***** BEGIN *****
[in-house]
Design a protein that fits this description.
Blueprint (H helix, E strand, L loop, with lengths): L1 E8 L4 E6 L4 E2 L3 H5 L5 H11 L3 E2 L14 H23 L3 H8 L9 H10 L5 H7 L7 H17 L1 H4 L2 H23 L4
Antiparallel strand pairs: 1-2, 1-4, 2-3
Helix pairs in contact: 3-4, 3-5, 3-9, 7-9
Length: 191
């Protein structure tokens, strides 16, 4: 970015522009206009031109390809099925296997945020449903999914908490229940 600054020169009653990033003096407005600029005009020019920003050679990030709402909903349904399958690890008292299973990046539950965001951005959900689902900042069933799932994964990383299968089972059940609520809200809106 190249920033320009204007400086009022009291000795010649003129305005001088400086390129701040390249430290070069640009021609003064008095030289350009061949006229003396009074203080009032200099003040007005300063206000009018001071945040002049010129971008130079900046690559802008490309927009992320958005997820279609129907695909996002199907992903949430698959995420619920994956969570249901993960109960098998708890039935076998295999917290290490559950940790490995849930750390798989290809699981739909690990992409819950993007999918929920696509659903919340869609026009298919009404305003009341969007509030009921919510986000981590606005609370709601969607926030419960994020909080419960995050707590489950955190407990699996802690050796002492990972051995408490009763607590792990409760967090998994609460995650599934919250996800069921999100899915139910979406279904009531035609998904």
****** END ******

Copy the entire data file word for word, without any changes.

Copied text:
[in-house]
Design a protein that fits this description.
Blueprint (H helix, E strand, L loop, with lengths): L1 E8 L4 E6 L4 E2 L3 H5 L5 H11 L3 E2 L14 H23 L3 H8 L9 H10 L5 H7 L7 H17 L1 H4 L2 H23 L4
Antiparallel strand pairs: 1-2, 1-4, 2-3
Helix pairs in contact: 3-4, 3-5, 3-9, 7-9
Length: 191
């Protein structure tokens, strides 16, 4: 970015522009206009031109390809099925296997945020449903999914908490229940 600054020169009653990033003096407005600029005009020019920003050679990030709402909903349904399958690890008292299973990046539950965001951005959900689902900042069933799932994964990383299968089972059940609520809200809106 190249920033320009204007400086009022009291000795010649003129305005001088400086390129701040390249430290070069640009021609003064008095030289350009061949006229003396009074203080009032200099003040007005300063206000009018001071945040002049010129971008130079900046690559802008490309927009992320958005997820279609129907695909996002199907992903949430698959995420619920994956969570249901993960109960098998708890039935076998295999917290290490559950940790490995849930750390798989290809699981739909690990992409819950993007999918929920696509659903919340869609026009298919009404305003009341969007509030009921919510986000981590606005609370709601969607926030419960994020909080419960995050707590489950955190407990699996802690050796002492990972051995408490009763607590792990409760967090998994609460995650599934919250996800069921999100899915139910979406279904009531035609998904």